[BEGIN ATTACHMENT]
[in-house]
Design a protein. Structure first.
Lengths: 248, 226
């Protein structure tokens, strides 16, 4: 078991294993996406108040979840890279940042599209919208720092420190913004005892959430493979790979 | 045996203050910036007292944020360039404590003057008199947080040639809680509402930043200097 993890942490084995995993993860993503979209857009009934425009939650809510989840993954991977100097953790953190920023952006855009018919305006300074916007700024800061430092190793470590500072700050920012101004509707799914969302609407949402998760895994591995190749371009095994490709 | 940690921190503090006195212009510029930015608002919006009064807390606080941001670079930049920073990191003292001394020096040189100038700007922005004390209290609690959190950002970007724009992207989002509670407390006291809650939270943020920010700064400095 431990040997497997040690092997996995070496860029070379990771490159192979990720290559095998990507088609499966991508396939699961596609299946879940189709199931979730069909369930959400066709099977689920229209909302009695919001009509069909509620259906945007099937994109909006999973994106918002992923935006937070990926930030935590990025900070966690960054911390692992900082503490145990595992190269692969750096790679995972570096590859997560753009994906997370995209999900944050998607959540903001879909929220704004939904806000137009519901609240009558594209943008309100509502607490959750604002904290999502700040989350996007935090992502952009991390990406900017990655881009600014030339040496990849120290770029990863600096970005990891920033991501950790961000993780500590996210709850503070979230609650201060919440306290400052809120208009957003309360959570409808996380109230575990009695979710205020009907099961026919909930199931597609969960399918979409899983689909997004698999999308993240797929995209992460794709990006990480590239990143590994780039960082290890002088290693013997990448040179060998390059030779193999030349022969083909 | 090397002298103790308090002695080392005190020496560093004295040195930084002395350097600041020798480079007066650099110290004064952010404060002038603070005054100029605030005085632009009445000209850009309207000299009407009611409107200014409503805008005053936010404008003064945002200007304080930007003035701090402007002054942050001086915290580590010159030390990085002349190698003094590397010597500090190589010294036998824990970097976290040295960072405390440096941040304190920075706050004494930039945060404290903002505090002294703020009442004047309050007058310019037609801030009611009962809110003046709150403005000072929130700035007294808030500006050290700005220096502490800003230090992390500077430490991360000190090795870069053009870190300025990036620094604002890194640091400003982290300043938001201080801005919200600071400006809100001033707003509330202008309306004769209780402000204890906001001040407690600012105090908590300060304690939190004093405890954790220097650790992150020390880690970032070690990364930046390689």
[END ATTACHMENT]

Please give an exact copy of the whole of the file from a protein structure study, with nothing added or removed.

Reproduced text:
[in-house]
Design a protein. Structure first.
Lengths: 248, 226
């Protein structure tokens, strides 16, 4: 078991294993996406108040979840890279940042599209919208720092420190913004005892959430493979790979 | 045996203050910036007292944020360039404590003057008199947080040639809680509402930043200097 993890942490084995995993993860993503979209857009009934425009939650809510989840993954991977100097953790953190920023952006855009018919305006300074916007700024800061430092190793470590500072700050920012101004509707799914969302609407949402998760895994591995190749371009095994490709 | 940690921190503090006195212009510029930015608002919006009064807390606080941001670079930049920073990191003292001394020096040189100038700007922005004390209290609690959190950002970007724009992207989002509670407390006291809650939270943020920010700064400095 431990040997497997040690092997996995070496860029070379990771490159192979990720290559095998990507088609499966991508396939699961596609299946879940189709199931979730069909369930959400066709099977689920229209909302009695919001009509069909509620259906945007099937994109909006999973994106918002992923935006937070990926930030935590990025900070966690960054911390692992900082503490145990595992190269692969750096790679995972570096590859997560753009994906997370995209999900944050998607959540903001879909929220704004939904806000137009519901609240009558594209943008309100509502607490959750604002904290999502700040989350996007935090992502952009991390990406900017990655881009600014030339040496990849120290770029990863600096970005990891920033991501950790961000993780500590996210709850503070979230609650201060919440306290400052809120208009957003309360959570409808996380109230575990009695979710205020009907099961026919909930199931597609969960399918979409899983689909997004698999999308993240797929995209992460794709990006990480590239990143590994780039960082290890002088290693013997990448040179060998390059030779193999030349022969083909 | 090397002298103790308090002695080392005190020496560093004295040195930084002395350097600041020798480079007066650099110290004064952010404060002038603070005054100029605030005085632009009445000209850009309207000299009407009611409107200014409503805008005053936010404008003064945002200007304080930007003035701090402007002054942050001086915290580590010159030390990085002349190698003094590397010597500090190589010294036998824990970097976290040295960072405390440096941040304190920075706050004494930039945060404290903002505090002294703020009442004047309050007058310019037609801030009611009962809110003046709150403005000072929130700035007294808030500006050290700005220096502490800003230090992390500077430490991360000190090795870069053009870190300025990036620094604002890194640091400003982290300043938001201080801005919200600071400006809100001033707003509330202008309306004769209780402000204890906001001040407690600012105090908590300060304690939190004093405890954790220097650790992150020390880690970032070690990364930046390689």